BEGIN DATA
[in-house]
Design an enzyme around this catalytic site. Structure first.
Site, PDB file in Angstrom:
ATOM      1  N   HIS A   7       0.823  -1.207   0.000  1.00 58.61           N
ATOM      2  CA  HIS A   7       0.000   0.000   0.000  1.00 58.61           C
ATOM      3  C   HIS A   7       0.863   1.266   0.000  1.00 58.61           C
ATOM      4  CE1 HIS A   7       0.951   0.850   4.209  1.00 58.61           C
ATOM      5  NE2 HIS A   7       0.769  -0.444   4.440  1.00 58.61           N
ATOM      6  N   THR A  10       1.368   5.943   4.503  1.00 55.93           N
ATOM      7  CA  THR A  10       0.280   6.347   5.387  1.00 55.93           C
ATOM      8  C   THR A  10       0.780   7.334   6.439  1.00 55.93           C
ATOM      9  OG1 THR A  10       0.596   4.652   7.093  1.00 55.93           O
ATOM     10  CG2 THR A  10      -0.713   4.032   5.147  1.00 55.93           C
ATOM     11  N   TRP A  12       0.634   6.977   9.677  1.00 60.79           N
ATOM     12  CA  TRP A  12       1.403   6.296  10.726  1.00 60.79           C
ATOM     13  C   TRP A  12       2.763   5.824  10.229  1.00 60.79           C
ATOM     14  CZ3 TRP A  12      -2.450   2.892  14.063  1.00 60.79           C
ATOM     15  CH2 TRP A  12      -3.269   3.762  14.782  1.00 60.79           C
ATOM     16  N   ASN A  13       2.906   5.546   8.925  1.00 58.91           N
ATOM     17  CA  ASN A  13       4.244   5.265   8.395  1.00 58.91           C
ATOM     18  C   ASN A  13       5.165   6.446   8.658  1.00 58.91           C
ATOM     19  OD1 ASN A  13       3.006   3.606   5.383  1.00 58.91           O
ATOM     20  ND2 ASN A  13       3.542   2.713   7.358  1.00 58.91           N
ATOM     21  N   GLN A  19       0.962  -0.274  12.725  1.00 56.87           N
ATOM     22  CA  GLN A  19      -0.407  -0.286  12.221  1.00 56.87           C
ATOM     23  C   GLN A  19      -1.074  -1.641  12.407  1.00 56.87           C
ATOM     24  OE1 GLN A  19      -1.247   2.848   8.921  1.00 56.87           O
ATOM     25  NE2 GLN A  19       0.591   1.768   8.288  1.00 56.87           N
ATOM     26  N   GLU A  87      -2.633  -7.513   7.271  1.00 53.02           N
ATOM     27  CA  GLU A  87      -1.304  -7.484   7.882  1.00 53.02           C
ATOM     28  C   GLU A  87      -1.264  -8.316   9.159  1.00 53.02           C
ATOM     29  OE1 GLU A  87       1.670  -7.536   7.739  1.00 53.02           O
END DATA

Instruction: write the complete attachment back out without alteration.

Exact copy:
[in-house]
Design an enzyme around this catalytic site. Structure first.
Site, PDB file in Angstrom:
ATOM      1  N   HIS A   7       0.823  -1.207   0.000  1.00 58.61           N
ATOM      2  CA  HIS A   7       0.000   0.000   0.000  1.00 58.61           C
ATOM      3  C   HIS A   7       0.863   1.266   0.000  1.00 58.61           C
ATOM      4  CE1 HIS A   7       0.951   0.850   4.209  1.00 58.61           C
ATOM      5  NE2 HIS A   7       0.769  -0.444   4.440  1.00 58.61           N
ATOM      6  N   THR A  10       1.368   5.943   4.503  1.00 55.93           N
ATOM      7  CA  THR A  10       0.280   6.347   5.387  1.00 55.93           C
ATOM      8  C   THR A  10       0.780   7.334   6.439  1.00 55.93           C
ATOM      9  OG1 THR A  10       0.596   4.652   7.093  1.00 55.93           O
ATOM     10  CG2 THR A  10      -0.713   4.032   5.147  1.00 55.93           C
ATOM     11  N   TRP A  12       0.634   6.977   9.677  1.00 60.79           N
ATOM     12  CA  TRP A  12       1.403   6.296  10.726  1.00 60.79           C
ATOM     13  C   TRP A  12       2.763   5.824  10.229  1.00 60.79           C
ATOM     14  CZ3 TRP A  12      -2.450   2.892  14.063  1.00 60.79           C
ATOM     15  CH2 TRP A  12      -3.269   3.762  14.782  1.00 60.79           C
ATOM     16  N   ASN A  13       2.906   5.546   8.925  1.00 58.91           N
ATOM     17  CA  ASN A  13       4.244   5.265   8.395  1.00 58.91           C
ATOM     18  C   ASN A  13       5.165   6.446   8.658  1.00 58.91           C
ATOM     19  OD1 ASN A  13       3.006   3.606   5.383  1.00 58.91           O
ATOM     20  ND2 ASN A  13       3.542   2.713   7.358  1.00 58.91           N
ATOM     21  N   GLN A  19       0.962  -0.274  12.725  1.00 56.87           N
ATOM     22  CA  GLN A  19      -0.407  -0.286  12.221  1.00 56.87           C
ATOM     23  C   GLN A  19      -1.074  -1.641  12.407  1.00 56.87           C
ATOM     24  OE1 GLN A  19      -1.247   2.848   8.921  1.00 56.87           O
ATOM     25  NE2 GLN A  19       0.591   1.768   8.288  1.00 56.87           N
ATOM     26  N   GLU A  87      -2.633  -7.513   7.271  1.00 53.02           N
ATOM     27  CA  GLU A  87      -1.304  -7.484   7.882  1.00 53.02           C
ATOM     28  C   GLU A  87      -1.264  -8.316   9.159  1.00 53.02           C
ATOM     29  OE1 GLU A  87       1.670  -7.536   7.739  1.00 53.02           O